"The surplus above subsistence consumption was produced by serfs, and almost entirely during the time when they worked for the lord. The huge castles in which the lords lived in and the extravagant consumption they enjoyed were the product of serf labor... A large class of serfs produced the feudal surplus product which was the property of a small class of lords".
This is the sense in which Feudal societies were exploitative (if we wanted to talk in a more general sense about why they were oppressive, we'd need to critique it along different axes as well (e.g. gender)).

But before saying anything about the transition to liberal capitalism, we need to mention a couple of other important features of feudalism. Consider the English case. Fedualism there also included large Commons, which referred to land owned by no individual, but by God (and therefore held in common by everyone). When there were Commons, the yeoman peasant had access to this land and could keep livestock on it and perhaps even a small plot.

But one important precusor to English capitalism was the Enclosure Movement. As Roemer puts it:
The enclosure movement made it impossible for large numbers of disenfranchised peasants to survive without selling their labor power... Most historical episodes of rapid concentration of land in the hands of a few are accomplished either by direct force or at least by deals in which political power is used in unprincipled ways. The history of capitalism is replete with examples of the accumulation of wealth through clearly unethical means.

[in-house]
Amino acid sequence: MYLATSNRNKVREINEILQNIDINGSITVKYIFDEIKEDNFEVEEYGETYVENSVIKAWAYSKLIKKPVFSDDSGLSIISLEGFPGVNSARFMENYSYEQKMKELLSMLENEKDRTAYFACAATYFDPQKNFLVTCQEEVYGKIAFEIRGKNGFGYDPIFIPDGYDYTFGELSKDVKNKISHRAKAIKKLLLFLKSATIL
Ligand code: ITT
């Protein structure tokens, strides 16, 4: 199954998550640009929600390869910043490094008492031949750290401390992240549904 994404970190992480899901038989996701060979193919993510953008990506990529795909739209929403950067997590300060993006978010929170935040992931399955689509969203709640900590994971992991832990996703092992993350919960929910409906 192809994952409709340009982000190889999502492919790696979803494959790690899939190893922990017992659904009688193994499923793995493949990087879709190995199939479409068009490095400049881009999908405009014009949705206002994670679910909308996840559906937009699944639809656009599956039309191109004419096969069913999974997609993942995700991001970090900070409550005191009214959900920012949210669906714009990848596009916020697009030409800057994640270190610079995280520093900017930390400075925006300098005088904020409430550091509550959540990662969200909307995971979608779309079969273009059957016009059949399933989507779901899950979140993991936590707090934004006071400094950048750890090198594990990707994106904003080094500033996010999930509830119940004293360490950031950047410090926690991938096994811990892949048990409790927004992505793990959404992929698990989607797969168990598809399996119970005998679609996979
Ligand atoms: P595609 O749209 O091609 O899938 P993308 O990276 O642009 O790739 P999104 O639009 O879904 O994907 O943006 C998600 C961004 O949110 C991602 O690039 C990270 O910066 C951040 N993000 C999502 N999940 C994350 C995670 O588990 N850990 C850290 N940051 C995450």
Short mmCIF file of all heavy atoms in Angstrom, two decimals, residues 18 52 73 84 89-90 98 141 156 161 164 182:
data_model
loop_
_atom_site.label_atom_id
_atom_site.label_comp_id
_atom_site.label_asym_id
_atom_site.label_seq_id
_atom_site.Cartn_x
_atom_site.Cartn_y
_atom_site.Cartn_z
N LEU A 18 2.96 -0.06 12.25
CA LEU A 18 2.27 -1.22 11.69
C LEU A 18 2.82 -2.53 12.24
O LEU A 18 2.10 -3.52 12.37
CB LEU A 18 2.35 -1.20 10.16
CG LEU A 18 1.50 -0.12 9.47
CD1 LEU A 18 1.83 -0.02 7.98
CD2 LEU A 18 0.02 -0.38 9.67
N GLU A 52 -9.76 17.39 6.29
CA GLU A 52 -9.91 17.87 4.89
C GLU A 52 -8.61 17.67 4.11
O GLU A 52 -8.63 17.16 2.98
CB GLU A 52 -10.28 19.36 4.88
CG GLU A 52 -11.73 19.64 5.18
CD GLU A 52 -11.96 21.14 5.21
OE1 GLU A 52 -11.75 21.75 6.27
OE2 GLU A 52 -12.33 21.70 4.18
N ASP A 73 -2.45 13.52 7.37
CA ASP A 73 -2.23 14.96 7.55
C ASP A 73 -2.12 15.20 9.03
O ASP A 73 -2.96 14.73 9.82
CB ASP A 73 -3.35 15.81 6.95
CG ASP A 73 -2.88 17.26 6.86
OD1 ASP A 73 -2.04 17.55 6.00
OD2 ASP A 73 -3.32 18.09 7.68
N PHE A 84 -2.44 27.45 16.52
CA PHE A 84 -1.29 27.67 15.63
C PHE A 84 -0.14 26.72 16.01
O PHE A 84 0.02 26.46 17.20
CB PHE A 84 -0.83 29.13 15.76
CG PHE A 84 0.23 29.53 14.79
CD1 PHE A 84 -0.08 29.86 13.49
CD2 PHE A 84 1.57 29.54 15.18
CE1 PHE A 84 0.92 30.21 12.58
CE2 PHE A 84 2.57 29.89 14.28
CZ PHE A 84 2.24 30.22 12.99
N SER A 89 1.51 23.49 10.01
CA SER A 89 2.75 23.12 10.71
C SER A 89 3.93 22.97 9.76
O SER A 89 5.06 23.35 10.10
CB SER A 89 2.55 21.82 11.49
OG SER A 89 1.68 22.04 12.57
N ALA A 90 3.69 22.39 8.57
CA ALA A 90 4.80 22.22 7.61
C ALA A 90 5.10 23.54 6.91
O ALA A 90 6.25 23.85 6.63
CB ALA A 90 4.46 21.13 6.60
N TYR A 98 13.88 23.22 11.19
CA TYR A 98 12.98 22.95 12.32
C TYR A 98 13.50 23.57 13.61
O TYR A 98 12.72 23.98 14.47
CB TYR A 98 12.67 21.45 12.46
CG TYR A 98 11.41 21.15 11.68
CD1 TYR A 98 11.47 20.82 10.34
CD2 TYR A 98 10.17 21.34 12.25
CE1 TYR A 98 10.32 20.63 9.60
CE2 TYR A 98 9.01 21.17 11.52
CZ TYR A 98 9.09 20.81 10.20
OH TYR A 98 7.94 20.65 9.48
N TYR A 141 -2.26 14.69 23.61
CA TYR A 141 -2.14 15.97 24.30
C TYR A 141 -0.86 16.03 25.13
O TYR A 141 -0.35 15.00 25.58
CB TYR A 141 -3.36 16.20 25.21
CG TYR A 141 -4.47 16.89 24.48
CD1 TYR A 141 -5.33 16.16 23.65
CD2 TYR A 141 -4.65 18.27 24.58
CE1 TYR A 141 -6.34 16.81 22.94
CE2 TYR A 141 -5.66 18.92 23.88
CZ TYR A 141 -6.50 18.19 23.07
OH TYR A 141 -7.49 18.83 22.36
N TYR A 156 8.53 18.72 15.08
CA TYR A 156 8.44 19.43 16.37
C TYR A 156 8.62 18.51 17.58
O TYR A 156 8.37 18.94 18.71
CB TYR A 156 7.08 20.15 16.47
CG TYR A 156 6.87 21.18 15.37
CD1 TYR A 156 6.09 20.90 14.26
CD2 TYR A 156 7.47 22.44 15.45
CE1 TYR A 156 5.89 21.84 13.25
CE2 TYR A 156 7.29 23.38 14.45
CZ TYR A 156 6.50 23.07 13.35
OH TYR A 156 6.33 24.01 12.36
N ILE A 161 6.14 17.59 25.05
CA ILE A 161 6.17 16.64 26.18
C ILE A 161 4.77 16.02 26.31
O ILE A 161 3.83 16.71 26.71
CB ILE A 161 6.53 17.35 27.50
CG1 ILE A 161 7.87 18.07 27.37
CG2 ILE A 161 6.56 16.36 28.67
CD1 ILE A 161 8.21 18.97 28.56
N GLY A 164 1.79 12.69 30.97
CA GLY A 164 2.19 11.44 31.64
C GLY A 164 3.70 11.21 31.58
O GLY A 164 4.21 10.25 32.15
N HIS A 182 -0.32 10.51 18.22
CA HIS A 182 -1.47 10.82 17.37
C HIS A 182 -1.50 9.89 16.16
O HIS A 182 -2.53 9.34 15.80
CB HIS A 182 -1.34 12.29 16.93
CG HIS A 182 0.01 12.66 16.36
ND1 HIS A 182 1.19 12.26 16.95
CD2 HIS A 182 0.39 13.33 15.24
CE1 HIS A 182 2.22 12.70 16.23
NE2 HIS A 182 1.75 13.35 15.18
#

The Enclosure Movement proceeded by usurping what had been held in common by all, designating it as the private property of certain individuals who, collectively, came to make up the beginnings of a new class.

Eventually, this process of enclosure was intertwined with two other (related) processes: industrialization and urbanization. Eventually, this complex of processes lead to an emerging business/mercantile class (the bourgeoisie) as a center of power in feudal social formations.

For example, consider the period in France just before the French Revolution. There, the bourgeoisie was a particular "legal, political and social group, an Estate or Order, which was distinguished from two others: the feudal aristocracy and the clergy" (see Geuss's Politics and the Imagination, p.169). Traditionally, the aristocracy and clergy were the main elements of the ruling class in feudal societies, but in many late feudal regimes there was also an emerging bourgeoisie being created by the concentration of land and capital, the commodification of land, and industrialization.

Eventually, as the bourgeoisie and industry grew, this configuration became unstable. As Marx might have put it, the forces of production (e.g. industrial techniques, modes of organization, market pressures, etc.) increasingly came into contradiction with the relations of production (i.e. the feudal configuration of class power).

Crudely put, this source of instability caused the breakdown of traditional forms of legitimation and feudal societies crumbled under the weight of the rising bourgeoisie. Now, to be sure, there were working-class or peasant participants in these struggles to bring down monarchy. But we should not assume that these participants understood themselves to be struggling for the same goals as the bourgeoisie (on this point you must read Christopher Hill's incredible The World Turned Upside Down).